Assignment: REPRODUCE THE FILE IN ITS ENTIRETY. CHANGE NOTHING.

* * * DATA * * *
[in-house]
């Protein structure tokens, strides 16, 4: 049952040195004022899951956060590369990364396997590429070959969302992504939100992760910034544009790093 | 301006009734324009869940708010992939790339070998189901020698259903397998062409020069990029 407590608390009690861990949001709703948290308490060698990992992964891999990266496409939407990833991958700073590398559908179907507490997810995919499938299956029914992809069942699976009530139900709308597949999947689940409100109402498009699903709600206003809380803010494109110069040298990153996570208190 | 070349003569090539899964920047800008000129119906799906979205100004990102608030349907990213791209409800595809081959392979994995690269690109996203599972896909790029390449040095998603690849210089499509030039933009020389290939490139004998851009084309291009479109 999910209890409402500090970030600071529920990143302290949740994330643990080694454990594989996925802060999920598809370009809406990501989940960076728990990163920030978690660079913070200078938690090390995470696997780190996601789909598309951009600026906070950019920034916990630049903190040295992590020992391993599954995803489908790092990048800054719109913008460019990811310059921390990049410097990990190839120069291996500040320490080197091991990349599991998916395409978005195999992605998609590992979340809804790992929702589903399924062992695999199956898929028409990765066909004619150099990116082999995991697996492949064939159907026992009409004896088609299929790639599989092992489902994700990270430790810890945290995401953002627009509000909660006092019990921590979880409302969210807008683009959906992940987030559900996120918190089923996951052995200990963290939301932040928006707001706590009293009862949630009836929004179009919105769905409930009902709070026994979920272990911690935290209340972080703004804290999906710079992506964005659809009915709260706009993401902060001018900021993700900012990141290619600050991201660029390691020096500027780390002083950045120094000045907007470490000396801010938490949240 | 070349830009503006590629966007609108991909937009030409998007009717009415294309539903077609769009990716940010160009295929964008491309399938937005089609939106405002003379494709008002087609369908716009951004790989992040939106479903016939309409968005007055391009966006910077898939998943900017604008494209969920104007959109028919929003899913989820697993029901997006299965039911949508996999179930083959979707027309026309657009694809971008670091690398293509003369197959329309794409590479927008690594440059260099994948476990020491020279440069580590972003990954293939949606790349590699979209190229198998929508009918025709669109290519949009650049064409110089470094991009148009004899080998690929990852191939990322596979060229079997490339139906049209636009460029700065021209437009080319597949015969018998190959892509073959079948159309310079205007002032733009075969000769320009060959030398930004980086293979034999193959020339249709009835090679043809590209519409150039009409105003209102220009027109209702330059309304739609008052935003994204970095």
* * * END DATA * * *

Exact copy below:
[in-house]
């Protein structure tokens, strides 16, 4: 049952040195004022899951956060590369990364396997590429070959969302992504939100992760910034544009790093 | 301006009734324009869940708010992939790339070998189901020698259903397998062409020069990029 407590608390009690861990949001709703948290308490060698990992992964891999990266496409939407990833991958700073590398559908179907507490997810995919499938299956029914992809069942699976009530139900709308597949999947689940409100109402498009699903709600206003809380803010494109110069040298990153996570208190 | 070349003569090539899964920047800008000129119906799906979205100004990102608030349907990213791209409800595809081959392979994995690269690109996203599972896909790029390449040095998603690849210089499509030039933009020389290939490139004998851009084309291009479109 999910209890409402500090970030600071529920990143302290949740994330643990080694454990594989996925802060999920598809370009809406990501989940960076728990990163920030978690660079913070200078938690090390995470696997780190996601789909598309951009600026906070950019920034916990630049903190040295992590020992391993599954995803489908790092990048800054719109913008460019990811310059921390990049410097990990190839120069291996500040320490080197091991990349599991998916395409978005195999992605998609590992979340809804790992929702589903399924062992695999199956898929028409990765066909004619150099990116082999995991697996492949064939159907026992009409004896088609299929790639599989092992489902994700990270430790810890945290995401953002627009509000909660006092019990921590979880409302969210807008683009959906992940987030559900996120918190089923996951052995200990963290939301932040928006707001706590009293009862949630009836929004179009919105769905409930009902709070026994979920272990911690935290209340972080703004804290999906710079992506964005659809009915709260706009993401902060001018900021993700900012990141290619600050991201660029390691020096500027780390002083950045120094000045907007470490000396801010938490949240 | 070349830009503006590629966007609108991909937009030409998007009717009415294309539903077609769009990716940010160009295929964008491309399938937005089609939106405002003379494709008002087609369908716009951004790989992040939106479903016939309409968005007055391009966006910077898939998943900017604008494209969920104007959109028919929003899913989820697993029901997006299965039911949508996999179930083959979707027309026309657009694809971008670091690398293509003369197959329309794409590479927008690594440059260099994948476990020491020279440069580590972003990954293939949606790349590699979209190229198998929508009918025709669109290519949009650049064409110089470094991009148009004899080998690929990852191939990322596979060229079997490339139906049209636009460029700065021209437009080319597949015969018998190959892509073959079948159309310079205007002032733009075969000769320009060959030398930004980086293979034999193959020339249709009835090679043809590209519409150039009409105003209102220009027109209702330059309304739609008052935003994204970095």